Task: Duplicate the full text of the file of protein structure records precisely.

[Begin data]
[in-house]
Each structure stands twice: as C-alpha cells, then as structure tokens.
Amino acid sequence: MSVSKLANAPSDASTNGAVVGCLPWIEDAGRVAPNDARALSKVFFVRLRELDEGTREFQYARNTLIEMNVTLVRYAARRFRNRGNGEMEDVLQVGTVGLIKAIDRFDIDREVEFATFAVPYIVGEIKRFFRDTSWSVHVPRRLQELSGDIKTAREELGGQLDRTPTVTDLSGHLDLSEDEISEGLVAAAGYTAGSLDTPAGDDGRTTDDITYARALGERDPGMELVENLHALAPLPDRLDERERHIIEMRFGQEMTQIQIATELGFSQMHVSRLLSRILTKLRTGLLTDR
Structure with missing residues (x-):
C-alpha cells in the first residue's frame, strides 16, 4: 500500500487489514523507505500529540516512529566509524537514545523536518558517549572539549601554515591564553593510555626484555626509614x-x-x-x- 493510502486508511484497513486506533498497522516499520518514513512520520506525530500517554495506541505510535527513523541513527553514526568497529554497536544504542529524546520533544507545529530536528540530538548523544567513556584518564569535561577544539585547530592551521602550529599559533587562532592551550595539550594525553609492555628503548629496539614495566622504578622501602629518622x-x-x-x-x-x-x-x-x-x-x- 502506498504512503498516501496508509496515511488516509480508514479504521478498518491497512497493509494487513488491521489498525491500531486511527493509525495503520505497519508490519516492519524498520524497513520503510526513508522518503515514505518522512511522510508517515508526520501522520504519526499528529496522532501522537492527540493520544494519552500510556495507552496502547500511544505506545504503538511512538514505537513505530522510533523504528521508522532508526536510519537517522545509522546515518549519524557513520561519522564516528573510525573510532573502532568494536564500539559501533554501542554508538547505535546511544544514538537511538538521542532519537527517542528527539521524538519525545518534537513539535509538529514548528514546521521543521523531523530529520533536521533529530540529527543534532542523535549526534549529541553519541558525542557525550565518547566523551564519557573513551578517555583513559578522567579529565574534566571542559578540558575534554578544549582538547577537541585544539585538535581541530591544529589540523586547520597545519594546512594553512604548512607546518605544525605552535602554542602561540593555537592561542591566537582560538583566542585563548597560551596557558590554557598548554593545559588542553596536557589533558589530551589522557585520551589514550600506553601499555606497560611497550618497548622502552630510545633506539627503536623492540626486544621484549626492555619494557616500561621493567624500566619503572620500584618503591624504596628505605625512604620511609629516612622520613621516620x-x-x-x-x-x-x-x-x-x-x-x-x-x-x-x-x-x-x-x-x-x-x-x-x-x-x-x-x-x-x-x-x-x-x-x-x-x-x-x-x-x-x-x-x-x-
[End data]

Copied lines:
[in-house]
Each structure stands twice: as C-alpha cells, then as structure tokens.
Amino acid sequence: MSVSKLANAPSDASTNGAVVGCLPWIEDAGRVAPNDARALSKVFFVRLRELDEGTREFQYARNTLIEMNVTLVRYAARRFRNRGNGEMEDVLQVGTVGLIKAIDRFDIDREVEFATFAVPYIVGEIKRFFRDTSWSVHVPRRLQELSGDIKTAREELGGQLDRTPTVTDLSGHLDLSEDEISEGLVAAAGYTAGSLDTPAGDDGRTTDDITYARALGERDPGMELVENLHALAPLPDRLDERERHIIEMRFGQEMTQIQIATELGFSQMHVSRLLSRILTKLRTGLLTDR
Structure with missing residues (x-):
C-alpha cells in the first residue's frame, strides 16, 4: 500500500487489514523507505500529540516512529566509524537514545523536518558517549572539549601554515591564553593510555626484555626509614x-x-x-x- 493510502486508511484497513486506533498497522516499520518514513512520520506525530500517554495506541505510535527513523541513527553514526568497529554497536544504542529524546520533544507545529530536528540530538548523544567513556584518564569535561577544539585547530592551521602550529599559533587562532592551550595539550594525553609492555628503548629496539614495566622504578622501602629518622x-x-x-x-x-x-x-x-x-x-x- 502506498504512503498516501496508509496515511488516509480508514479504521478498518491497512497493509494487513488491521489498525491500531486511527493509525495503520505497519508490519516492519524498520524497513520503510526513508522518503515514505518522512511522510508517515508526520501522520504519526499528529496522532501522537492527540493520544494519552500510556495507552496502547500511544505506545504503538511512538514505537513505530522510533523504528521508522532508526536510519537517522545509522546515518549519524557513520561519522564516528573510525573510532573502532568494536564500539559501533554501542554508538547505535546511544544514538537511538538521542532519537527517542528527539521524538519525545518534537513539535509538529514548528514546521521543521523531523530529520533536521533529530540529527543534532542523535549526534549529541553519541558525542557525550565518547566523551564519557573513551578517555583513559578522567579529565574534566571542559578540558575534554578544549582538547577537541585544539585538535581541530591544529589540523586547520597545519594546512594553512604548512607546518605544525605552535602554542602561540593555537592561542591566537582560538583566542585563548597560551596557558590554557598548554593545559588542553596536557589533558589530551589522557585520551589514550600506553601499555606497560611497550618497548622502552630510545633506539627503536623492540626486544621484549626492555619494557616500561621493567624500566619503572620500584618503591624504596628505605625512604620511609629516612622520613621516620x-x-x-x-x-x-x-x-x-x-x-x-x-x-x-x-x-x-x-x-x-x-x-x-x-x-x-x-x-x-x-x-x-x-x-x-x-x-x-x-x-x-x-x-x-x-